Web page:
# Extending the Frobenius inner product to all matrix inner products

So in ${\bf R}^{n\times p}$ we have the Frobenius inner product given by $$\langle A, B\rangle=\text{tr}(A^TB)$$

which can be interpreted as the Euclidean inner product on ${\bf R}^{np}$. My understanding is that all inner products on ${\bf R}^{np}$ can be written as $$a^TPb$$ for $P$ positive-definite. The best I could do in attempting to extend the Frobenius inner product on ${\bf R}^{n\times p}$ is something of the form $$\langle A, B\rangle=\sum_{i=1}^N\text{tr}((X_iAY_i)^T(X_iBY_i))$$ for $X_i\in{\bf R}^{m_i\times n}$ and $Y_i\in{\bf R}^{p\times q_i}$ all full rank. However I would like to know if this covers all inner products on ${\bf R}^{np}$, or if maybe it's more complex than necessary due to redundancies.

I can find the corresponding $P$ matrix for any specific matrix inner product by taking the standard basis for ${\bf R}^{n\times p}$ and forming the matrix

\begin{bmatrix} \langle E_1,E_1\rangle & \langle E_1,E_2\rangle & \dots & \langle E_1,E_{np}\rangle \\ \langle E_2,E_1\rangle & \langle E_2,E_2\rangle & & \vdots \\ \vdots & & \ddots \\ \langle E_{np},E_1\rangle & \dots & \dots & \langle E_{np},E_{np}\rangle \end{bmatrix}

but I don't know if the general form for a matrix inner product I gave above covers all positive-definite matrices $P$.

Update:

newer version of this question on MathOverflow: https://mathoverflow.net/questions/229675/extending-the-trace-inner-product-to-all-matrix-real-inner-products

• Welcome to SciComp.SE! This is an interesting question, but seems much more appropriate for math.stackexchange.com. (Unless there's a connection to a computational science problem I'm missing, in which case it'd be great if you could add that.) Jan 28 '16 at 23:38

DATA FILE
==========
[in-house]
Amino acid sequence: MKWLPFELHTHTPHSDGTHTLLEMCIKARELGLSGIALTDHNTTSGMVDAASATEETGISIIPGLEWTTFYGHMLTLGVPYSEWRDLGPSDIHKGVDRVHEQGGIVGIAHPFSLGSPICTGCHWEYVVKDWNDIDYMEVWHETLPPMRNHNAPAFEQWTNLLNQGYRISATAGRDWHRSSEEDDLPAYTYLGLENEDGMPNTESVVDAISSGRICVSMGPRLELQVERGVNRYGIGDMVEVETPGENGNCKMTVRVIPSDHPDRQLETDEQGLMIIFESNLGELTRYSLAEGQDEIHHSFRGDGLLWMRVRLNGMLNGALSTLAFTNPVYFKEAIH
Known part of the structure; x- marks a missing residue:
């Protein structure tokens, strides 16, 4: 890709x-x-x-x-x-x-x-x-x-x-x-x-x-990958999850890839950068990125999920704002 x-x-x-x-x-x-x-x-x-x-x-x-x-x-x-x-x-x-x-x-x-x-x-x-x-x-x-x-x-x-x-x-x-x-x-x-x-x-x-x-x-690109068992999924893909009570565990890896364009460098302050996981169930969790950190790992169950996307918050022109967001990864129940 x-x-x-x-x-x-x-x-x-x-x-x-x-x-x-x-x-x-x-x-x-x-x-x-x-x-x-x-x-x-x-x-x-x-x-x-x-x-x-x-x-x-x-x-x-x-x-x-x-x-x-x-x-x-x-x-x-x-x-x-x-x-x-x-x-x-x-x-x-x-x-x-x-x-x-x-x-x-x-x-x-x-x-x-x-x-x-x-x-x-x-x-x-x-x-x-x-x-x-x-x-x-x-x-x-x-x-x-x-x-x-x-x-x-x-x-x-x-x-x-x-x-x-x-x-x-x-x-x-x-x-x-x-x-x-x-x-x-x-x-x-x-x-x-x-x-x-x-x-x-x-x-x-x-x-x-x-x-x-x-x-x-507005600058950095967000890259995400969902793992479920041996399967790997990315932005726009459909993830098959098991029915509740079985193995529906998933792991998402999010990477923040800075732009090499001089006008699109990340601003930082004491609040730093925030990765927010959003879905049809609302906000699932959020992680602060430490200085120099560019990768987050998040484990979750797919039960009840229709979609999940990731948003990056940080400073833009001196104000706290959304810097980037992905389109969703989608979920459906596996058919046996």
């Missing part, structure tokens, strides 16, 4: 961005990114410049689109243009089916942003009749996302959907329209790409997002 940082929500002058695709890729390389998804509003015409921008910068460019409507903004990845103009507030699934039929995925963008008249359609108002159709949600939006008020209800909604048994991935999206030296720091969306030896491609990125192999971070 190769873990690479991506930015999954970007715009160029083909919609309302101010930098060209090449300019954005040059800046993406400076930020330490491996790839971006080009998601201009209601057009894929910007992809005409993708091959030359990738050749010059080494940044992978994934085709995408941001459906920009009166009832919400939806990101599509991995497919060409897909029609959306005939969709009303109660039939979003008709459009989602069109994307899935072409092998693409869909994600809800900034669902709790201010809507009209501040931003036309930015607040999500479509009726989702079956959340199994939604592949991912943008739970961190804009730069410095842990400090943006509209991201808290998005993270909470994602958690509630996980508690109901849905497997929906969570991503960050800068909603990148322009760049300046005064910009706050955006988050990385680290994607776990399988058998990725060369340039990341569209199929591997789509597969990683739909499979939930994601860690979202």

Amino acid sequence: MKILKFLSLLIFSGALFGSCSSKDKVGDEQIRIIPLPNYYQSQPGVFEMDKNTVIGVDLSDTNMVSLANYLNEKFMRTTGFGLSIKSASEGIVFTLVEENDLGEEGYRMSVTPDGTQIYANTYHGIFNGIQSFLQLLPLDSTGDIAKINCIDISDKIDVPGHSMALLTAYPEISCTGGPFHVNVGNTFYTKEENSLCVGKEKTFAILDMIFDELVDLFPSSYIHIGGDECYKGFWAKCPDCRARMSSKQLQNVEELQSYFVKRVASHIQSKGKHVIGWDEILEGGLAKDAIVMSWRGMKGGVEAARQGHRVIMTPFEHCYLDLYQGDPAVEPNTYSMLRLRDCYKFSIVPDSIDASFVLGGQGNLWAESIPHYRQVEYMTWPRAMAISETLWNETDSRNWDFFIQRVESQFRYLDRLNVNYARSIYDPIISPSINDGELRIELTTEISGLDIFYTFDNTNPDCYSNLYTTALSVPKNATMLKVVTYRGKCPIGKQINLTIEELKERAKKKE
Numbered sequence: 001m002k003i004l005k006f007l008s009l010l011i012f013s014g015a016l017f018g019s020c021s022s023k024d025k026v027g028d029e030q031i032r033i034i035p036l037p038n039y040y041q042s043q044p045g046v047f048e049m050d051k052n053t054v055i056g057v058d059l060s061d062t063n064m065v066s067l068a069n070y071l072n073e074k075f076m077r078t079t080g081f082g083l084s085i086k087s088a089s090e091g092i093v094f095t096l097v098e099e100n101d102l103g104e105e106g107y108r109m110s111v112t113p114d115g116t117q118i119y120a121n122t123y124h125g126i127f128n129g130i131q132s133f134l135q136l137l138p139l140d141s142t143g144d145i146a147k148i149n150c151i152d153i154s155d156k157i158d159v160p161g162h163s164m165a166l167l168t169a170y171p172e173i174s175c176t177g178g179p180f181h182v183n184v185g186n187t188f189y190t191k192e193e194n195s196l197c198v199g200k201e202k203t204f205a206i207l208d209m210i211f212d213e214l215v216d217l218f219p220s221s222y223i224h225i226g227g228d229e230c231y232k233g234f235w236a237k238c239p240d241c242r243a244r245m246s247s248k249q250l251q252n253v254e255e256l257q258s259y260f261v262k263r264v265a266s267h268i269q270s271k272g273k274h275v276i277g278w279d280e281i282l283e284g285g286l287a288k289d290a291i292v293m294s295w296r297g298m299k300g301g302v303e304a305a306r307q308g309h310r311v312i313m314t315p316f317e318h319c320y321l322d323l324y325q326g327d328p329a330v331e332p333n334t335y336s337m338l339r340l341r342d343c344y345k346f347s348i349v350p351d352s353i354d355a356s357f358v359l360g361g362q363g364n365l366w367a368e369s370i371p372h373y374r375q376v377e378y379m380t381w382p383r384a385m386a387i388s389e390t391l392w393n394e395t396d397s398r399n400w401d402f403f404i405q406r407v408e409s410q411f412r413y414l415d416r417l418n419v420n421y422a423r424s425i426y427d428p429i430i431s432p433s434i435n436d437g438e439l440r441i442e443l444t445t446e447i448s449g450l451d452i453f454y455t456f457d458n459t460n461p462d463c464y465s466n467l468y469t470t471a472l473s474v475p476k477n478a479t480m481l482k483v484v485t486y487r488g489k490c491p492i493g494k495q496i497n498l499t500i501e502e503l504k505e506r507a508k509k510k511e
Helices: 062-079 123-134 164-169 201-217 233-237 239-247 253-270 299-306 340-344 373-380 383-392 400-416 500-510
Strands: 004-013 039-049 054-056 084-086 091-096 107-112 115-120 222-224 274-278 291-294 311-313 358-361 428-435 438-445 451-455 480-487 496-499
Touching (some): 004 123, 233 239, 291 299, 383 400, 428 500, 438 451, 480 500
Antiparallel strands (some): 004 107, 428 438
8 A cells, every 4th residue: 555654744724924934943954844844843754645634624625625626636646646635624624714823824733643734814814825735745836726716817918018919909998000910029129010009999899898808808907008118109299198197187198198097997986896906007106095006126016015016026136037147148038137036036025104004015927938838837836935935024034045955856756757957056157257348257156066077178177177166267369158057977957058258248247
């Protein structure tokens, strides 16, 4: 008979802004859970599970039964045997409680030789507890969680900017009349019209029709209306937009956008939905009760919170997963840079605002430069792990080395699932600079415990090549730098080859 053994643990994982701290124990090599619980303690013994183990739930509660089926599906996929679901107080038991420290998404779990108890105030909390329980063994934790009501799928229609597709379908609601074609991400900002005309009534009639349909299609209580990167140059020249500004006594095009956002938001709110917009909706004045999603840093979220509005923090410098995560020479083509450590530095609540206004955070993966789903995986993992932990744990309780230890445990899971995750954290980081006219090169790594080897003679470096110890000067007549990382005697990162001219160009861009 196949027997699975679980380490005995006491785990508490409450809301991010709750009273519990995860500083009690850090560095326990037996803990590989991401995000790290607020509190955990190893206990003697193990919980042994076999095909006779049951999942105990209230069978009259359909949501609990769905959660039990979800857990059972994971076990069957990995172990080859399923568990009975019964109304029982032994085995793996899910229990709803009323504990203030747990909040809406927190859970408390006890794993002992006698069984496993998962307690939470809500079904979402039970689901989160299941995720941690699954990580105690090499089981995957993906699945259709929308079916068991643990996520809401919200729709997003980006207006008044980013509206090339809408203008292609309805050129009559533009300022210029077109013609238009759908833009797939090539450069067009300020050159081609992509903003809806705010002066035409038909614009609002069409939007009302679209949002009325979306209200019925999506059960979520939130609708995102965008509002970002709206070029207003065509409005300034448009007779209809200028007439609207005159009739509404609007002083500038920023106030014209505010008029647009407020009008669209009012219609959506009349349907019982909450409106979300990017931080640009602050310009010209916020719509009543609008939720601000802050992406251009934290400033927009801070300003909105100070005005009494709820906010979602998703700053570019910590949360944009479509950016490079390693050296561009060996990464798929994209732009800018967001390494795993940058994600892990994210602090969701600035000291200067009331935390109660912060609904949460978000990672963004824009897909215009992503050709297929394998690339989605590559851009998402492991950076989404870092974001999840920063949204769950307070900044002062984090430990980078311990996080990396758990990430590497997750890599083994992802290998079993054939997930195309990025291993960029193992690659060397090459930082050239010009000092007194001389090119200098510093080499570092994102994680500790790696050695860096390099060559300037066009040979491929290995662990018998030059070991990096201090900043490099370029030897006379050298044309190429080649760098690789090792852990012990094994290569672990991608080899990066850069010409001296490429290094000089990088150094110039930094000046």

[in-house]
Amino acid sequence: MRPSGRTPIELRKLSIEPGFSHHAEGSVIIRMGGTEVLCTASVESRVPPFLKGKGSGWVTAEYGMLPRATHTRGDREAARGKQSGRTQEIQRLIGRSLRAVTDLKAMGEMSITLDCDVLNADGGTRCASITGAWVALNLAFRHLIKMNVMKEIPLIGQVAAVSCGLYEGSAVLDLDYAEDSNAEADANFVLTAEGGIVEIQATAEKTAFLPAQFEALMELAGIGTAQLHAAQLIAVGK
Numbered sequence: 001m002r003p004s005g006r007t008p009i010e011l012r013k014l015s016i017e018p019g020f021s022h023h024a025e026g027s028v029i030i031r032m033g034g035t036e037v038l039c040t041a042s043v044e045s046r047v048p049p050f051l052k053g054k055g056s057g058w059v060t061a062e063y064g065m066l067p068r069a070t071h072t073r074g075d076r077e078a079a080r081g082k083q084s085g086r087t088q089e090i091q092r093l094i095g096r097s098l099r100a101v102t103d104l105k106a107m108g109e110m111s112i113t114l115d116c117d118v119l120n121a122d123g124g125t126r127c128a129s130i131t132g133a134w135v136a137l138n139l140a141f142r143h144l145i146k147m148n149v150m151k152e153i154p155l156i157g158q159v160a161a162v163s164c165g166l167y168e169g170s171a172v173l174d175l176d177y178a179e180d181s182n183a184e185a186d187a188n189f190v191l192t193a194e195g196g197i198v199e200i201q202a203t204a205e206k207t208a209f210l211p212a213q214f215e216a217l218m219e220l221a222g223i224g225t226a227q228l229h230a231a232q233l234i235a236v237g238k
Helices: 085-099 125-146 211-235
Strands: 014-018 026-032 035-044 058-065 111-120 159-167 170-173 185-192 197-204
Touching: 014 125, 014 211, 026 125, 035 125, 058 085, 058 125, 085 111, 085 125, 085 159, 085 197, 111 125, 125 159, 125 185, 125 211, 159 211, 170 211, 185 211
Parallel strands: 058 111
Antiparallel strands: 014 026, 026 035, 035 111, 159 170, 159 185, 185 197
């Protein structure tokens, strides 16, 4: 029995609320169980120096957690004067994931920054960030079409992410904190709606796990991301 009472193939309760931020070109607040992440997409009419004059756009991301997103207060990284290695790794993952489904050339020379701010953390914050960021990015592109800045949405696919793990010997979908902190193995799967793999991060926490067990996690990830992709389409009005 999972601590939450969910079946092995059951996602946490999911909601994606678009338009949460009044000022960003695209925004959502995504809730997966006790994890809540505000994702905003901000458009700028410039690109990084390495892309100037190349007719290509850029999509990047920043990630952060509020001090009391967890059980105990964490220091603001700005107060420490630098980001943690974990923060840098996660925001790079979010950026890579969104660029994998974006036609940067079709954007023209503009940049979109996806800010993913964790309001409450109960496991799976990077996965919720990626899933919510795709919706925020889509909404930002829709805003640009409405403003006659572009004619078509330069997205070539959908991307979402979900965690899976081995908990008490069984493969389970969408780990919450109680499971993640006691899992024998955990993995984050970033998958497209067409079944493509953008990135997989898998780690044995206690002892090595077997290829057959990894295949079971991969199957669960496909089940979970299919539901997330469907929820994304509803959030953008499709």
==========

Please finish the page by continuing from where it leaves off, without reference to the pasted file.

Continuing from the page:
• @ChristianClason, it's related to optimization on matrix manifolds with Riemannian metrics, since Riemannian metrics are inner products on the tangent space. It's almost certainly too advanced for Math.SE, the only other appropriate place would be MathOverflow. I actually may have found what I think is a solution which I may post as an answer once I do the messy work of proving it is a solution, but if you'd like to migrate this to MathOverflow I'm ok with that. I'll add the optimization context when I get a chance. Jan 29 '16 at 0:01
• The matrix $P$ also has to be symmetric, not just positive definite. Jan 30 '16 at 0:27
• @WolfgangBangerth, positive-definite is understood to imply symmetric. Jan 30 '16 at 0:39
• Not for all authors positive-definiteness implies symmetry. Jan 30 '16 at 1:44

You can see an inner product as an operation $f(a,b)=\left<a,b\right>$, i.e., it is a bilinear function that (i) returns a non-negative number, (ii) satisfies the relationship $f(a,b)=f(b,a)$.
For vectors $a,b\in\mathbb R^n$, all bilinear functions that satisfy these properties can be written as $$f(a,b) = \sum_{i,j=1}^n a_i P_{ij} b_j$$ where $P$ is symmetric and positive definite. For matrices $a,b\in\mathbb R^{n\times p}$, all such functions can be written as $$f(a,b) = \sum_{i,k=1}^n \sum_{j,l=1}^p a_{ij} P_{ijkl} b_{kl}$$ where now $P$ is a tensor of rank 4 that is symmetric in the sense that $P_{ijkl}=P_{klij}$ and positive definite in the sense that $f(a,a)> 0$ for all $a\neq 0$.
Your question boils down to whether every $P$ that satisfies such conditions can be written a form that results from the vectors $X_i,Y_i$. I believe the answer to this is no. This is simply so because the (for simplicity assuming $n=p$) symmetric $P$ has (asymptotically) $n^4/2$ degrees of freedom, whereas the $n$ vectors $X_i,Y_i$ only have $2n^2$ degrees of freedom. In other words, I don't think that for sufficiently large $n$, your approach has sufficiently many degrees of freedom.
• Yes your argument that the # of parameters grows quarticly in the vector inner product space while only quadratically in the matrix inner product space is compelling, however since the space is ultimately finite we should be able to overcome this by increasing $N$ appropriately. Jan 30 '16 at 1:46